AN EMPIRE IN THE MAKING
I always knew that Domecq was a very large wine business, but it wasn’t until I was invited recently to a La Vinoteca, Calpe, wine tasting that I realised the huge scale of the empire that is Domecq Bodegas!
You’ve heard of one of the best selling wine brands out of Australia, Jacobs Creek – well think again, this is actually owned by Domecq Bodegas. The fabulous Champagne Perrer-Jouët, including their iconic Grand Cuvée, Belle Epoque, is also a Domecq holding. La Rioja’s Campo Viejo is another.
France’s aniseed-flavoured aperitif Pernod and Ricard; Castillo de Diablo from Chile; Graffigna from Argentina; and Montana from New Zealand; plus a plethora of bodegas in several different Spanish DOs and VdlTs all feature in this global enterprise’s portfolio! It’s really quite amazing!
I was asked to assist in the presentation from Domecq’s friendly representative in this region, Francisco Javier Góme, translating Javier’s eloquent Spanish descriptions of the areas of production, the bodegas concerned and of course the four wines we tasted.
We tried firstly a white wine, which in fact was to be my favourite of the evening. I knew we couldn’t go wrong when, before we tasted, Javier explained that this wine is made from the indigenous Verdejo variety, with just a touch of Sauvignon Blanc – a winning combination for sure!
Auro 2010 is like a professional photograph of flavour, encompassing all that’s good in the super wine making zone of Rueda. There are fine mountain herbs in the foreground amongst waving grasses moved by the gentle breeze. Wild asparagus mixes with green vegetal notes, particularly Italian peppers, amid pear and kiwi fruit – all brought into sharp focus by a fresh acidic lift of Sauvignon gooseberry.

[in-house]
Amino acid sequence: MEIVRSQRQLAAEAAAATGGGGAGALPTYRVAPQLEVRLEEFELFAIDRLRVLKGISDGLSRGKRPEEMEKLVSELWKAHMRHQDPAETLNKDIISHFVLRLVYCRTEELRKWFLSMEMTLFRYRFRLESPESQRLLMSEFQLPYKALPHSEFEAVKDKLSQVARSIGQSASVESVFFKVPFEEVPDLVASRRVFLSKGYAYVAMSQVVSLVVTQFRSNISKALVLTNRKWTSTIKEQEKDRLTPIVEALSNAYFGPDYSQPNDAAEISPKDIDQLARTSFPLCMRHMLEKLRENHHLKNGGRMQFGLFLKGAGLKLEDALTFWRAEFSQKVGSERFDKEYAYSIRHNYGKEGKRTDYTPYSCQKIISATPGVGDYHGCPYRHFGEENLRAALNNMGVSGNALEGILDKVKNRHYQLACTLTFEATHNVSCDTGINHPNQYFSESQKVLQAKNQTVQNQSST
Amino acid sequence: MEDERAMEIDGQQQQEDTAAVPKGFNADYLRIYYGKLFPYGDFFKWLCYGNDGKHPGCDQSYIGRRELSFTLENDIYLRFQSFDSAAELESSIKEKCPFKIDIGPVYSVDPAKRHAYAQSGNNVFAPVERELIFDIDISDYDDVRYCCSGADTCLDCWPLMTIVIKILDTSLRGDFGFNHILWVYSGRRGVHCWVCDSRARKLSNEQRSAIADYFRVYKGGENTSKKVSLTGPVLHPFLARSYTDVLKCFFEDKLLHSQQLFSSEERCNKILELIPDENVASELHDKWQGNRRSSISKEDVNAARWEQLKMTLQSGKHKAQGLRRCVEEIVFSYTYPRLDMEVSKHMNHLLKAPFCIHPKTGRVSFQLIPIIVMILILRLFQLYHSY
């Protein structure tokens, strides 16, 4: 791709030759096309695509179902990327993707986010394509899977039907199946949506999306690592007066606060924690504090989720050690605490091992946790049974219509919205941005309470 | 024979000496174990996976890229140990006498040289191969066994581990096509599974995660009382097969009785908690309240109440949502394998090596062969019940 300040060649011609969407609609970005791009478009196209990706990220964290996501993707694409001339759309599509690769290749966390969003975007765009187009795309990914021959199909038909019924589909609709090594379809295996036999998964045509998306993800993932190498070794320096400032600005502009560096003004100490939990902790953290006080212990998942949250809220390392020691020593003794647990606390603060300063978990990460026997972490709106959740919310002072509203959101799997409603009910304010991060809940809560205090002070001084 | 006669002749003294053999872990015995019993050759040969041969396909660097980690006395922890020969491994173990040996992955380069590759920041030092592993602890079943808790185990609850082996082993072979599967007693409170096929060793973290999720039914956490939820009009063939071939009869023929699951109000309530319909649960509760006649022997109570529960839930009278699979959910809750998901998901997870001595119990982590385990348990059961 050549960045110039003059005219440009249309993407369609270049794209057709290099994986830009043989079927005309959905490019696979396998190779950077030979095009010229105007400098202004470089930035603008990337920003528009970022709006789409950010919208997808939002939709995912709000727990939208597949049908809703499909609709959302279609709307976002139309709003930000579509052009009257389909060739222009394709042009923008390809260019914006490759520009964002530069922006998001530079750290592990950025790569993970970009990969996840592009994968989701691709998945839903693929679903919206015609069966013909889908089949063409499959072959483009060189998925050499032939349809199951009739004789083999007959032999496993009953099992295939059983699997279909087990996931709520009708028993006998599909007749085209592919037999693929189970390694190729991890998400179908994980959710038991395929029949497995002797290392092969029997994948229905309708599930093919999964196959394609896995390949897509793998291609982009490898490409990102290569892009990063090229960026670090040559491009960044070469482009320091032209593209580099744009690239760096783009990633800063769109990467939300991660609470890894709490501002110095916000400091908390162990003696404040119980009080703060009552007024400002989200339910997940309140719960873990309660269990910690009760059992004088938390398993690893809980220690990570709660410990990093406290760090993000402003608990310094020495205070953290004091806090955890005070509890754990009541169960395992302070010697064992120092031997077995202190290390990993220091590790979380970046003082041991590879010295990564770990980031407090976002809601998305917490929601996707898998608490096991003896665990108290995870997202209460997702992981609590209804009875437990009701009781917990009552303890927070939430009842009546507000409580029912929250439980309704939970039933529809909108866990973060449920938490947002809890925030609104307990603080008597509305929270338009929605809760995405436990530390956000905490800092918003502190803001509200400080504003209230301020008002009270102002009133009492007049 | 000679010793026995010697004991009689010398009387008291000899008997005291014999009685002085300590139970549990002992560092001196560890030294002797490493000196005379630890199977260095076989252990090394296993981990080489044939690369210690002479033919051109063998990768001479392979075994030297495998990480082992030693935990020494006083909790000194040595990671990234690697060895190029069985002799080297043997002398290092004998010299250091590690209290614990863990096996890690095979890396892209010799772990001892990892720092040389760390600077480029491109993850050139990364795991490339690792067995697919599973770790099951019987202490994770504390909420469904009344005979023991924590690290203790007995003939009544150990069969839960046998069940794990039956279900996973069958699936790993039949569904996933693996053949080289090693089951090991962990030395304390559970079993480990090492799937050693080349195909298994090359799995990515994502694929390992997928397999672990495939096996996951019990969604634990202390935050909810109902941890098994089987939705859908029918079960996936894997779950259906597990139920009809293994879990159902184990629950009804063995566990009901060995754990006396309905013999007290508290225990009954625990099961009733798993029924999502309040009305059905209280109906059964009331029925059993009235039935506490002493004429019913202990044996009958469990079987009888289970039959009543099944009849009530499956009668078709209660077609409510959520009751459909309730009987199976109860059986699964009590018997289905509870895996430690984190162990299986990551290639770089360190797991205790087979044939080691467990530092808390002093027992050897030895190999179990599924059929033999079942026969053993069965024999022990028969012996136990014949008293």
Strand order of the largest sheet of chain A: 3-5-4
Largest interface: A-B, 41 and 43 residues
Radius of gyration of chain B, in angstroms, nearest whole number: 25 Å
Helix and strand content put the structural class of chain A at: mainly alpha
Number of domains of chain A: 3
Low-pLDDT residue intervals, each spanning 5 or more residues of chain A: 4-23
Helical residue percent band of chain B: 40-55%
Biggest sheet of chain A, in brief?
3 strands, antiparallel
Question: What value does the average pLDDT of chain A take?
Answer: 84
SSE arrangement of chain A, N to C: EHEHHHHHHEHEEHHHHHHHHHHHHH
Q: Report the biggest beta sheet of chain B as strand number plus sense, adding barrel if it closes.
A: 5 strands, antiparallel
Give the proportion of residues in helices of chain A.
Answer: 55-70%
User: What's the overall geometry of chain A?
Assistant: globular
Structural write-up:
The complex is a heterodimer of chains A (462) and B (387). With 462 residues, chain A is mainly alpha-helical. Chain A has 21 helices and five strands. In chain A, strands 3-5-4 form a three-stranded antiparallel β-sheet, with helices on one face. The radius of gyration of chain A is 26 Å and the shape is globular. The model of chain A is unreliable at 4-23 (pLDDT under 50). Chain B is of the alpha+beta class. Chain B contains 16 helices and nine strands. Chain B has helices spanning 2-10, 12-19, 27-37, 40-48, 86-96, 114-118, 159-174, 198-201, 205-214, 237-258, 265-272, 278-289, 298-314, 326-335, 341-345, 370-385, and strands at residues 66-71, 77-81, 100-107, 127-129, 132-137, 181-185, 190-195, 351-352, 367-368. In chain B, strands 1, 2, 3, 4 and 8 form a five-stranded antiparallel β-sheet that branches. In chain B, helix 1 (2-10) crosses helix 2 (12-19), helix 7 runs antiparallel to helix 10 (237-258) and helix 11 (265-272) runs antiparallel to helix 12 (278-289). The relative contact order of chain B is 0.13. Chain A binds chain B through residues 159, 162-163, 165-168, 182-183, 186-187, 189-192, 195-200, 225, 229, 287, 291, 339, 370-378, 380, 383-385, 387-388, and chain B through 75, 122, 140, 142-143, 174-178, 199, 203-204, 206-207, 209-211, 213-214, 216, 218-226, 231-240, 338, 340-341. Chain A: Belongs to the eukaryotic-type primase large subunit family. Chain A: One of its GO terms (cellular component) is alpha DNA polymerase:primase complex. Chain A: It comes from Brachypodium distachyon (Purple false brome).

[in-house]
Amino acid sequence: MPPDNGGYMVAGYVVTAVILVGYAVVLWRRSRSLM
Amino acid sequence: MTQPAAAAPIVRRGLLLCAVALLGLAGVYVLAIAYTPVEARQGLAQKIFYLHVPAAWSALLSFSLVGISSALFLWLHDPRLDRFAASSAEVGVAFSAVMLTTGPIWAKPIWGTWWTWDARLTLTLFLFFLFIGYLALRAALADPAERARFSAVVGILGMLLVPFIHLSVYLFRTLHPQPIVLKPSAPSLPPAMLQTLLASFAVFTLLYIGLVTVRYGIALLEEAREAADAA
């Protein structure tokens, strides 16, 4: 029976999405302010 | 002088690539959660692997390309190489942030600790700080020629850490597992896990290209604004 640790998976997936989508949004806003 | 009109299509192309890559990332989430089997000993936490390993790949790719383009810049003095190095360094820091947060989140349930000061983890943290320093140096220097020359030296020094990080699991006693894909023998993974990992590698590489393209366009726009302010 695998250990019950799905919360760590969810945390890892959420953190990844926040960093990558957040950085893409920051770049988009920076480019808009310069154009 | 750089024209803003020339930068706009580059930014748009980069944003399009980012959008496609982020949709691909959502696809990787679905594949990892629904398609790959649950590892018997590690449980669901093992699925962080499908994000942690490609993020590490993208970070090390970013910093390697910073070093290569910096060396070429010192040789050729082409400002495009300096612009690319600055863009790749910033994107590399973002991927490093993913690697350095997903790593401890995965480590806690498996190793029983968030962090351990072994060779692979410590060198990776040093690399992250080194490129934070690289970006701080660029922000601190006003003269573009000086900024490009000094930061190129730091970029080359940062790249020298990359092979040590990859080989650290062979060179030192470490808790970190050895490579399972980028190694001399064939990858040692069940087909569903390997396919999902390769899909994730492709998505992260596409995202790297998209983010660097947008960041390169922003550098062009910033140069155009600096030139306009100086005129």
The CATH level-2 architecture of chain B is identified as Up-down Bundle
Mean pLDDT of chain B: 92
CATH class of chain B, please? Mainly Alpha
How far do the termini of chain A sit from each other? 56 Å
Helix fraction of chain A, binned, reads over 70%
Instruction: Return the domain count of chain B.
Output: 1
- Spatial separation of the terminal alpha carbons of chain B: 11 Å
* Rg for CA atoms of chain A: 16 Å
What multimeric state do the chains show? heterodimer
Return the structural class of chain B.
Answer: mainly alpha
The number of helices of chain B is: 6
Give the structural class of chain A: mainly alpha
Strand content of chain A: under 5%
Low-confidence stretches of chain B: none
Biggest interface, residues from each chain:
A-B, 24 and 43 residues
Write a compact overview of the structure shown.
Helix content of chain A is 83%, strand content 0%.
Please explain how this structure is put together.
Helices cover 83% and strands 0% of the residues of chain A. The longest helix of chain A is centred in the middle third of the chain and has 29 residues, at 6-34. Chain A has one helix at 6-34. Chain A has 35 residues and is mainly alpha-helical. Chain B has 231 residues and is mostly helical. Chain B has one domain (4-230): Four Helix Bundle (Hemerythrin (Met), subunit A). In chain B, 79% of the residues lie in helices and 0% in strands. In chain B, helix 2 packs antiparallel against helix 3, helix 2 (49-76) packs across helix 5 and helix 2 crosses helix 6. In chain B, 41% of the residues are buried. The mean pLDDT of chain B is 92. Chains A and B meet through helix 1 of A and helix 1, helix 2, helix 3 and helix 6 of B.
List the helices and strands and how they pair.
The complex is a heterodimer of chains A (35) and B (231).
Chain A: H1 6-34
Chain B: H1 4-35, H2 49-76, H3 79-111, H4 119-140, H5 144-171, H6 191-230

Castillo de Javier 100% Garnacha Rosado from DO Navarra was the second wine. Rice dishes are so popular in Spain of course and, depending on the ingredients, they are happy to be accompanied by several different styles of wine. However you’ll very often see Rosado as the Spaniards’ choice – this is because of the remarkable influence of the Saffron. This wine doesn’t have great deal on the nose, some of the expected raspberry fruit with some pleasing floral notes. But on the palate it opens up into a lovely dry, inexpensive prettily pink wine.
CV De Campo Viejo is a new wine from the famous Campo Viejo stable. It’s designed for use only in the restaurant trade and for sale just in wine shops, not supermarkets. Indeed Cecilia, from La Vinoteca is the exclusive stockist of Domecq Bodegas wines in the Calpe area.
Selected from several different parcelas in the Laguardia area the
Tempranillo, Garnacha and Graciano grapes are fermented separately at a relatively cool temperature in order to preserve the fruit character. The wine is blended and aged in only French oak for 12 months with a further year in bottle. It was first released in January 2011 and we were amongst the first to taste this new wine.
A little tannic at first, it’s best enjoyed with food. As the wine warms to the ambient temperature it gives off some more of its dark fruit and cinnamon aromas and develops further in the mouth finishing with plum, black cherry and vanilla.
Finally Quinta de Tarsus is a classy wine in the making. Still a touch green with sturdy tannin and a sprightly acidity there is nevertheless sufficient fruit from the 100% Tinta del Pais (aka Tempranillo) grapes. It’s had 12 months in American and French oak, a third of which was new. Violet purple colours abound when poured and again this wine is good with meaty food.